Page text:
?> ?>

Eat Ethio x Cross Cultures

posted by in Indulgences

My very first encounter with Ethiopian culture was through a French-American indie film with Bill Murray called “Broken Flowers”. Murray’s character receives an anonymous letter that he has a son which pushes him to drive cross country in search of his last four lovers. All throughout the existential drives on long deserted american highways, the haunting strains of Ethiopian jazz accompanies him on his journey. A hint of adventure, a hint of exoticism and always entrancing. I was hooked and immediately looked up Ethiopian jazz artist Mulatu Astatke to discover more music. Apart from that my next encounter was last year, while being very pregnant and wanderlusting from my bed, I was obsessed with this British TV series called Around the World in 80 Treasures (read my post here) and one of the countries that had fascinated me the most with its unique history and vibrant ancient culture was Ethiopia. It was from this series that I learned about the Kingdom of Aksum and the Abbysinian Empire, that they still had relics of the Ark of the Covenant and that this country had a cuisine that was just as exciting and complex as its people and history. Sadly, I never really had an opportunity to try the food despite me constantly Instagram stalking celebrity chef of Ethiopian origins, Marcus Samuelsson.

Last week during a delightful event hosted by my dear friend Cheryl Tiu‘s ingenious events platform Cross Cultures by, I was finally able to use my hands and dig into some delicious dishes prepared by the beautiful Helina Tesega of To learn more about the event and this beautiful endeavor of bridging cultures through food please read my article in The Philippine Star here. However I am very pleased to say that Helina so kindly shared two beautiful recipes – Kik Wot or Lentil Stew and the famous Doro Wot or Spiced Chicken Stew. Dig in and enjoy!

Love and Light and Lots of Spice! Stephanie

*photos of Ethiopia by Cheryl Tiu

lentil wot

ክክ፡ወጥ (Kik Wot)

*photo from Foodie Magazine Hong Kong by Today Tomorrow Photography

Yellow Split Peas Wot

(Serves 4 as a side or 2 as a main)

Preparation time: 10 minutes

Cooking time: 50 minutes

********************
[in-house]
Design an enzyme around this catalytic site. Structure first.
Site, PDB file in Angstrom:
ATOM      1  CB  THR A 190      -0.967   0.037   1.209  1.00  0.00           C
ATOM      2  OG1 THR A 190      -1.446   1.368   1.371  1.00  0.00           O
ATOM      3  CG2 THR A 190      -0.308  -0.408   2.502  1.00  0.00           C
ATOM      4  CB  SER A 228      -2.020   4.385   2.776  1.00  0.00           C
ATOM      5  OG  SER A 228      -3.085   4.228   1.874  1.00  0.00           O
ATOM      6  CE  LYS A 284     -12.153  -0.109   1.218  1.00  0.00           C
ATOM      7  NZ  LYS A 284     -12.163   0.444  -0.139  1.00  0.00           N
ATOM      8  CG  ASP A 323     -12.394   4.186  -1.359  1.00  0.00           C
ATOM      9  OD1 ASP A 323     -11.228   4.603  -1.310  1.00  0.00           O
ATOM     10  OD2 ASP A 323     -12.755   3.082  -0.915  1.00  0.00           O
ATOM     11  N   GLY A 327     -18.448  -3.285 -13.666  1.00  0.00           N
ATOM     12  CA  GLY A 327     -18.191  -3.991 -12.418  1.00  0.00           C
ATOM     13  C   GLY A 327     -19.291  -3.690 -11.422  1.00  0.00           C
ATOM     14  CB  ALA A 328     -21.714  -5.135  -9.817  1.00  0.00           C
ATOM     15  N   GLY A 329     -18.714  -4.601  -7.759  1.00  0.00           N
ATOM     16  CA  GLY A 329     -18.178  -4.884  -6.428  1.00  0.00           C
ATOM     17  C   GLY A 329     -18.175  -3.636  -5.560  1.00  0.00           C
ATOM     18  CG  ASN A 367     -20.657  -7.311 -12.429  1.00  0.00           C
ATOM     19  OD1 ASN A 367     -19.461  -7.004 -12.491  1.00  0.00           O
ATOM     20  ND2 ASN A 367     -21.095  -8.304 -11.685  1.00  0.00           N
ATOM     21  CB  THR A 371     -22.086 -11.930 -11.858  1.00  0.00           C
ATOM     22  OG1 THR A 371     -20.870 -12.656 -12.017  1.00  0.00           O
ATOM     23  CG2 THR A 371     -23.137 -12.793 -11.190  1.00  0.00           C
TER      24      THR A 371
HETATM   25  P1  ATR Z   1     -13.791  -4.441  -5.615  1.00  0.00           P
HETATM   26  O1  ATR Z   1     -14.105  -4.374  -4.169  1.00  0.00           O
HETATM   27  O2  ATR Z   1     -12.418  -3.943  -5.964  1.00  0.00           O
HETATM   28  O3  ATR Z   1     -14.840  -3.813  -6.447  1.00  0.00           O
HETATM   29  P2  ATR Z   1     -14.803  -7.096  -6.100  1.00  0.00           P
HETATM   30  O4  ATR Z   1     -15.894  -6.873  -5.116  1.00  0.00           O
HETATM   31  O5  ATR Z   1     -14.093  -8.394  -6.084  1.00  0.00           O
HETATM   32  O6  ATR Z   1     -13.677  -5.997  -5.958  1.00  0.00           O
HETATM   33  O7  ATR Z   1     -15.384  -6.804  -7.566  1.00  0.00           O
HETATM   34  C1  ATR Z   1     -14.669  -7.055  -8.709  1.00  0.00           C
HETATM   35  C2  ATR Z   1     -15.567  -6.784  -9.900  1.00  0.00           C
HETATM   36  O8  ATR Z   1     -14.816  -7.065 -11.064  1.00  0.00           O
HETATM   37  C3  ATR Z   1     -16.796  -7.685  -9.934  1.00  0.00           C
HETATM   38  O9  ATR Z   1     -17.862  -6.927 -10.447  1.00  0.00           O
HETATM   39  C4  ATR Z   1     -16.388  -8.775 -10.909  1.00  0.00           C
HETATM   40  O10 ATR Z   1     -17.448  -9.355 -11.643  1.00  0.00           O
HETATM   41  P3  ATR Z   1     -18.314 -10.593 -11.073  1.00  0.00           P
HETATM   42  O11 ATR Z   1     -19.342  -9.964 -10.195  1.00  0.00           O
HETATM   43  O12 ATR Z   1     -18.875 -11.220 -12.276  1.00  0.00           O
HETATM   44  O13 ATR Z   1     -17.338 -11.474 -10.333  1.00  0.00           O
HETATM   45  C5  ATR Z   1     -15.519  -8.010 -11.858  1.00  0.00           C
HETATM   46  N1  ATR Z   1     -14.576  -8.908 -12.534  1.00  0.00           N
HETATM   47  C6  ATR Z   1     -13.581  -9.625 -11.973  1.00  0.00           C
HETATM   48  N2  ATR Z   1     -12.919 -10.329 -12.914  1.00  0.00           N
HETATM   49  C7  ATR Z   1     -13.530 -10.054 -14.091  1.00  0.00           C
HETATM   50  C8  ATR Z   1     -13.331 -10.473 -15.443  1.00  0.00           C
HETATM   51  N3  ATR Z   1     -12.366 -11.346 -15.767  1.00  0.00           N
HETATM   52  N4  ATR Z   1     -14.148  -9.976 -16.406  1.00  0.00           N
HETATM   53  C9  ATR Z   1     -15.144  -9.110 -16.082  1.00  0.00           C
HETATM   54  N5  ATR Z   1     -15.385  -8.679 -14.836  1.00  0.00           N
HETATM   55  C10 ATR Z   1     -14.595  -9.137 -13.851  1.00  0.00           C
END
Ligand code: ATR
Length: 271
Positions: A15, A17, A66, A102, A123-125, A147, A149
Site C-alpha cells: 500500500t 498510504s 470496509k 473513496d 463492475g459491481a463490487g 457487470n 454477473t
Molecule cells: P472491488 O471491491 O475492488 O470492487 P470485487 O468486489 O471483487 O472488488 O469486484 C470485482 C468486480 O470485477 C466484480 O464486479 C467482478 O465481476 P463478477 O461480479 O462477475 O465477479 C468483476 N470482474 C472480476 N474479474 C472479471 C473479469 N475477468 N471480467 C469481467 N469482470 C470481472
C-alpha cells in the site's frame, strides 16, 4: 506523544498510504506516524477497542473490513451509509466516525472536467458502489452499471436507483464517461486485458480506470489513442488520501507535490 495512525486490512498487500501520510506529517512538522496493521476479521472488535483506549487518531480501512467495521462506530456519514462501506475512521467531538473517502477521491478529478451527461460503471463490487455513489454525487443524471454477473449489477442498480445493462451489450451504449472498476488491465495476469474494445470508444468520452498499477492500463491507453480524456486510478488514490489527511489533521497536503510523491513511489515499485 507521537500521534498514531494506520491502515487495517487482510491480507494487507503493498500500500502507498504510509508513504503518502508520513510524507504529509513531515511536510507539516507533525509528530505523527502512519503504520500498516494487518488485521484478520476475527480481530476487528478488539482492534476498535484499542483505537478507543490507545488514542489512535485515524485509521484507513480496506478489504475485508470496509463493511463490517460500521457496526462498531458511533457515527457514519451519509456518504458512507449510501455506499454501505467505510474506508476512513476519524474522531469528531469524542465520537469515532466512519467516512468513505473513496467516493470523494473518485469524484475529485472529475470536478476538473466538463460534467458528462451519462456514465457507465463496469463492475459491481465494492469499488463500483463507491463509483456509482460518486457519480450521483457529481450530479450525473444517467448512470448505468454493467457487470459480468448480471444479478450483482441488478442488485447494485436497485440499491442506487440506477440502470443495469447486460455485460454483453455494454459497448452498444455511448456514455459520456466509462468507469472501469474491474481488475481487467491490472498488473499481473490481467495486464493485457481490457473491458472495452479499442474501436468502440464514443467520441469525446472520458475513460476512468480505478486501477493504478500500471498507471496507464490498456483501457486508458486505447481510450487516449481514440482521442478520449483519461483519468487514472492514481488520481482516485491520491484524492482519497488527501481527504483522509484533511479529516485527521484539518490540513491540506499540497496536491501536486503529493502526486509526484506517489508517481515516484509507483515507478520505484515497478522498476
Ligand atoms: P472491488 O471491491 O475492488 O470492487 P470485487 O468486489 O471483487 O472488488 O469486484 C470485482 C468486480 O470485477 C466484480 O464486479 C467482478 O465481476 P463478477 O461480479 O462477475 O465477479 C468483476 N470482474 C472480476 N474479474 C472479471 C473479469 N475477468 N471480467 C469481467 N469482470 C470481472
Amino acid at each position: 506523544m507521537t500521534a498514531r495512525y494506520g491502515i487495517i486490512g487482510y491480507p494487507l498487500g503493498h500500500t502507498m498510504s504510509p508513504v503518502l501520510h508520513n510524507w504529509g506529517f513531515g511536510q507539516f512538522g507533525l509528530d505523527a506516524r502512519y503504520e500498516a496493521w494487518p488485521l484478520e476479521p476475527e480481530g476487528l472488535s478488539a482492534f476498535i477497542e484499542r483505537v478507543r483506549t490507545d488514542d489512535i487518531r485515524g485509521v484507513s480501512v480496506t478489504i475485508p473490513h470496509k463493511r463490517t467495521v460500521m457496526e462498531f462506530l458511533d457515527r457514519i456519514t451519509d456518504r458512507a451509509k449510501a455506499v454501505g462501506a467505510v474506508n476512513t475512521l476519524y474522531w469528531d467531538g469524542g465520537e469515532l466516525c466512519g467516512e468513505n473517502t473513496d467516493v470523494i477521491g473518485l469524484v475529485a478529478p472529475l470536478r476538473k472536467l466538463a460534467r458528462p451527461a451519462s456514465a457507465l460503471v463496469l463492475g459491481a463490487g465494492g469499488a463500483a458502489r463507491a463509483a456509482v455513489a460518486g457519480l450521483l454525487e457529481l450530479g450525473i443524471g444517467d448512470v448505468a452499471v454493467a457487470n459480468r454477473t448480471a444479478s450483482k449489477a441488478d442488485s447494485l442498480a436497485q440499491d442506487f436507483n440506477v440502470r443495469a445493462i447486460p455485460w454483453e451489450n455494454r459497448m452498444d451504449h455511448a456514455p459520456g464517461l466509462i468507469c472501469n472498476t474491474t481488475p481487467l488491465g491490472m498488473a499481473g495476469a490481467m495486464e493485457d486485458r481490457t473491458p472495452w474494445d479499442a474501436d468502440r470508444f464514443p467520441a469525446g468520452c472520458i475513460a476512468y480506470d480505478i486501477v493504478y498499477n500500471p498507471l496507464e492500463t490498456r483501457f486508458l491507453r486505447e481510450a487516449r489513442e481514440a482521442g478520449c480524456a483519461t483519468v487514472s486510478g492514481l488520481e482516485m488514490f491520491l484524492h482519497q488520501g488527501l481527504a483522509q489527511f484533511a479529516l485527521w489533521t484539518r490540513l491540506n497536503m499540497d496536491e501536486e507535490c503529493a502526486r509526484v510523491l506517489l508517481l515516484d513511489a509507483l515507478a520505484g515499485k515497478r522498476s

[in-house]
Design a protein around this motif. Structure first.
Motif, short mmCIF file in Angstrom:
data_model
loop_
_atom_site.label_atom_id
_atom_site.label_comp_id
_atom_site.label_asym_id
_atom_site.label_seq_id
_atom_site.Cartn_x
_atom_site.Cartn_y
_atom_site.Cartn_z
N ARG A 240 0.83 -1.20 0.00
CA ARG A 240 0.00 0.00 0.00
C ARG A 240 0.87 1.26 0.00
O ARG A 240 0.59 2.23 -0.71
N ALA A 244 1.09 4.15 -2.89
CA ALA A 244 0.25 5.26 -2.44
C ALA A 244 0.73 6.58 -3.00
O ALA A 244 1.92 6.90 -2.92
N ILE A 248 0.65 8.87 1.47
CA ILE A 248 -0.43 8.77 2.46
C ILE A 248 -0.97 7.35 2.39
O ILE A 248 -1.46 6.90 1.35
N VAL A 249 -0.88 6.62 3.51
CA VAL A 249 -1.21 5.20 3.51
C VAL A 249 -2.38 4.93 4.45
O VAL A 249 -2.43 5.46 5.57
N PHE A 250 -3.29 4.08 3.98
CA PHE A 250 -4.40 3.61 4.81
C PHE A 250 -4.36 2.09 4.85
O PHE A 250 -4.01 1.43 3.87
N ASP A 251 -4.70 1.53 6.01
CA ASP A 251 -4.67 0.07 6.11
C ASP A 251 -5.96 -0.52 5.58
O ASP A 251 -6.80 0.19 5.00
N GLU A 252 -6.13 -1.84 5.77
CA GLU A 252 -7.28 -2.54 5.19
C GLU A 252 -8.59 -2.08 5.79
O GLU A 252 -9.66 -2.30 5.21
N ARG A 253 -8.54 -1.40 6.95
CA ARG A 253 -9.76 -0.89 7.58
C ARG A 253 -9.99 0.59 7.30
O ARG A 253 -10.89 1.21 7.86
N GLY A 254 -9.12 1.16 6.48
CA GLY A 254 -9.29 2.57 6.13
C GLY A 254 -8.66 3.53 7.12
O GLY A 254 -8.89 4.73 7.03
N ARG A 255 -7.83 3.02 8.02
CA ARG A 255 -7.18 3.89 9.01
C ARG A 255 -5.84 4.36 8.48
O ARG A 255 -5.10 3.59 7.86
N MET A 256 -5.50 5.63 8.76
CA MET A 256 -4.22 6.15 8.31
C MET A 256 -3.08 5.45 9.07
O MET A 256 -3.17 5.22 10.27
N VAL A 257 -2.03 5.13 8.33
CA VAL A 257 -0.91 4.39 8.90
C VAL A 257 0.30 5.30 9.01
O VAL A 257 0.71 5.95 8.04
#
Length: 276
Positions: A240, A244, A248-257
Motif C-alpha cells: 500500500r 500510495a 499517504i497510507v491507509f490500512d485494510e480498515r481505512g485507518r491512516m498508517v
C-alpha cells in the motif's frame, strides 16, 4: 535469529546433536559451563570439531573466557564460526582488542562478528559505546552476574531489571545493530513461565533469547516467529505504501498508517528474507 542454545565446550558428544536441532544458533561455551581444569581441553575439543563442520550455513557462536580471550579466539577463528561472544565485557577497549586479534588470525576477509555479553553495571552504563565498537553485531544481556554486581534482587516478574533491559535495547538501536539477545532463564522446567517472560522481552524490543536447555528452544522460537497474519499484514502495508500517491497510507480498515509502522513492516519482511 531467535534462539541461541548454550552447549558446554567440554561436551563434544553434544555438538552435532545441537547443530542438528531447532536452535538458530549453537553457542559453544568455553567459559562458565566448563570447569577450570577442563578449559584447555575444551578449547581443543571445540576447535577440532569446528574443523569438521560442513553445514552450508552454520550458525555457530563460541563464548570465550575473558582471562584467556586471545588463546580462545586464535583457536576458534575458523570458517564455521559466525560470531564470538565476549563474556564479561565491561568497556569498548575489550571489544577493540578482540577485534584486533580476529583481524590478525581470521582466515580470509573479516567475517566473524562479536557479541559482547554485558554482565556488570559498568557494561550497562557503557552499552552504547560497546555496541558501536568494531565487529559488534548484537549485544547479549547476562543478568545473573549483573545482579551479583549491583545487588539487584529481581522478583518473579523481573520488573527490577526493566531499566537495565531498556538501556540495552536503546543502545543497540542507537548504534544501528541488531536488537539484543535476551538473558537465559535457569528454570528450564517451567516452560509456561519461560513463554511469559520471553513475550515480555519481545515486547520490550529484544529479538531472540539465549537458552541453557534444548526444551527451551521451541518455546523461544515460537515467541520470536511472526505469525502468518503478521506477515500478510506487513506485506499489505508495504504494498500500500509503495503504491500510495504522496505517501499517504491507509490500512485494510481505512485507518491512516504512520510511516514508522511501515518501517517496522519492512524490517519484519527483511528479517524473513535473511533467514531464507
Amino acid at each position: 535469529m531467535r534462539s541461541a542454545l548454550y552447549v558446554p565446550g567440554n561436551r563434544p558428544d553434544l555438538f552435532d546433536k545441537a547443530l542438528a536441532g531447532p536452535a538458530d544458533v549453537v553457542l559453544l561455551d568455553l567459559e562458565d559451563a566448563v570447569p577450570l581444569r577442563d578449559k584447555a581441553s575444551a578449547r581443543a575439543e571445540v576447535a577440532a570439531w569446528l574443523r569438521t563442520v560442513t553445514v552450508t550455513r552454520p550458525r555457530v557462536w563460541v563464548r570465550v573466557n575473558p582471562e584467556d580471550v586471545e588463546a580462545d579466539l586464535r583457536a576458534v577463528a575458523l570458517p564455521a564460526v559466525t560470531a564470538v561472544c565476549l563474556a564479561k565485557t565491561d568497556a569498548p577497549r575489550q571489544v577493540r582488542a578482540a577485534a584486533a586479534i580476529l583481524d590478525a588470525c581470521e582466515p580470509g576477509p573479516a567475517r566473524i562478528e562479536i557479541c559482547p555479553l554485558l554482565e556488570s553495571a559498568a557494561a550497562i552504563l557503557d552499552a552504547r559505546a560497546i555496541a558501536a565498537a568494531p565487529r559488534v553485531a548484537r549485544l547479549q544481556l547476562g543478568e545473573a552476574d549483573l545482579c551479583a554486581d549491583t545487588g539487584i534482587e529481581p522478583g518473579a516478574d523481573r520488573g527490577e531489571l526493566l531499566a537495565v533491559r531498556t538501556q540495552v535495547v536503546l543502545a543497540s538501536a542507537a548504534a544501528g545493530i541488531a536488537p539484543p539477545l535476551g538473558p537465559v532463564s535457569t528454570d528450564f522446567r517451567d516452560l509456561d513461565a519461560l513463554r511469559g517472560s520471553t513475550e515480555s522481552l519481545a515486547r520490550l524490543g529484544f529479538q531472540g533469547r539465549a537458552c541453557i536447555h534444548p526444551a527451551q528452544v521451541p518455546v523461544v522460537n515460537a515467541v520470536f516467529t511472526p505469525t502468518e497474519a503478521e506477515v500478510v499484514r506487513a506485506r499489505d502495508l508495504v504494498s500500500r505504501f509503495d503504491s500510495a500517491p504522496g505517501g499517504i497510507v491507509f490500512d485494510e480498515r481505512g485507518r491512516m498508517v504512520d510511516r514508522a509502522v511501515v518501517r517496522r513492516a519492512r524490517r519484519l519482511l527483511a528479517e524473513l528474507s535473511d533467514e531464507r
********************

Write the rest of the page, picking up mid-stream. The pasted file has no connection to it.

1 cup of yellow spilt peas

4 cups of water

2 medium sized finely chopped onions

(White onion or preferably 2 cups of shallots)

½ cup of canola/vegetable oil

1 teaspoon of turmeric

1 teaspoon of fresh minced garlic

½ jalapeno pepper for garnish (Seeds removed & halved length ways)

Sea salt

Rinse the split peas in cold water and drain. Boil spilt peas and water in a sauce pan (boiling at all times) for 20 minutes. Split peas should be cooked but not mushy! Remove from heat and let it cool down for a while. Remove any skin from the water. In a saucepan cook the onions by adding oil for 20 mins simmering & stirring occasionally, if needed add a splash of hot water to prevent burning. Add the garlic and turmeric, cook for a further 15mins. Add the split peas and simmer stirring occasionally (not too often so not to become mushy) for another 15mins. If you’d like to serve it as a soup you can add hot water while it simmers.

Garnish with Jalapeno pepper & salt to taste.

Traditionally served with Ethiopian flat bread ‘Injera’.

Serving suggestion: eat with any type of bread or simply enjoy as a warming soup.

doro wot

ዶሮ ወጥ (Doro Wot)

*photo from

Doro Wot

(Serves 4 as a main)

Preparation time: 30 minutes

Cooking time: 4hrs


4 good quality drum stick chicken (skinned)

2 lemons

½ cup of canola/vegetable oil

6 medium sized finely chopped onions (red)

3 medium sized tomatoes

4 tbsp of berbere* spice

1 tbsp of kibe*

2 teaspoon of fresh minced garlic

½ teaspoon of freshly minced ginger

2 soft boiled eggs, halved

4 tbsp ricotta/cottage cheese

Boil tomatoes and water in a sauce pan (boiling at all times) for 10 minutes until the skin comes off. Remove from heat and let it cool. Peel and finely chop the tomatoes. Clean and marinate the chicken with lemon and salt. In a saucepan cook the onions on medium heat for 60 mins (by adding a splash of hot water when needed to prevent from burning), add the oil, tomato, ginger and garlic cook for 30 minutes simmering & stirring occasionally. Add the berbere and cook for a further 80mins. Remove any water from the chicken by squeezing it then make a few cuts in each chicken piece, to allow the sauce to penetrate the chicken flesh. Add the chicken simmer stirring occasionally by adding a splash of hot water to prevent from burning for 60minutes on low heat until the chicken cooked thoroughly. Salt to taste. Traditionally served with Ethiopian flat bread ‘Injera’, hard-boiled eggs and Ethiopian cheese called ‘ayib’.

Serving suggestion: eat with any type of bread or serve it with rice by adding the half sliced soft boiled egg, cottage cheese or ricotta to cool of the spice.

Berbere*– is an Ethiopian staple spice blend that’s used in most Ethiopian dishes. A blend of chilli, onion, cumin, salt, garlic, ginger, nutmeg, Ethiopian (black) cardamom, sacred basil, rue, cinnamon and more depending on each household’s blend.

Kibe*– is a clarified, herbed Ethiopian butter.

monk ethiopia

Comments - No Responses to “ Eat Ethio x Cross Cultures ”

Leave a Reply

The Author

Writer. Traveller. Wino. Foodie. Bohemian at heart. "You can not travel the path until you have become the path itself." - Buddha


We are two friends who were former magazine editors. Having moved onto other things, we both realized that the creative flow the publishing world used to offer us was missing from our lives. Armed with a common love of travel to the exotic and familiar, a penchant for the bohemian, an obsession with food and a lust for writing, we decided to collaborate our unique and fashionable journeys through life together in one passion project.

We are The Gypsetters.

About Us

© 2023 the gypsetters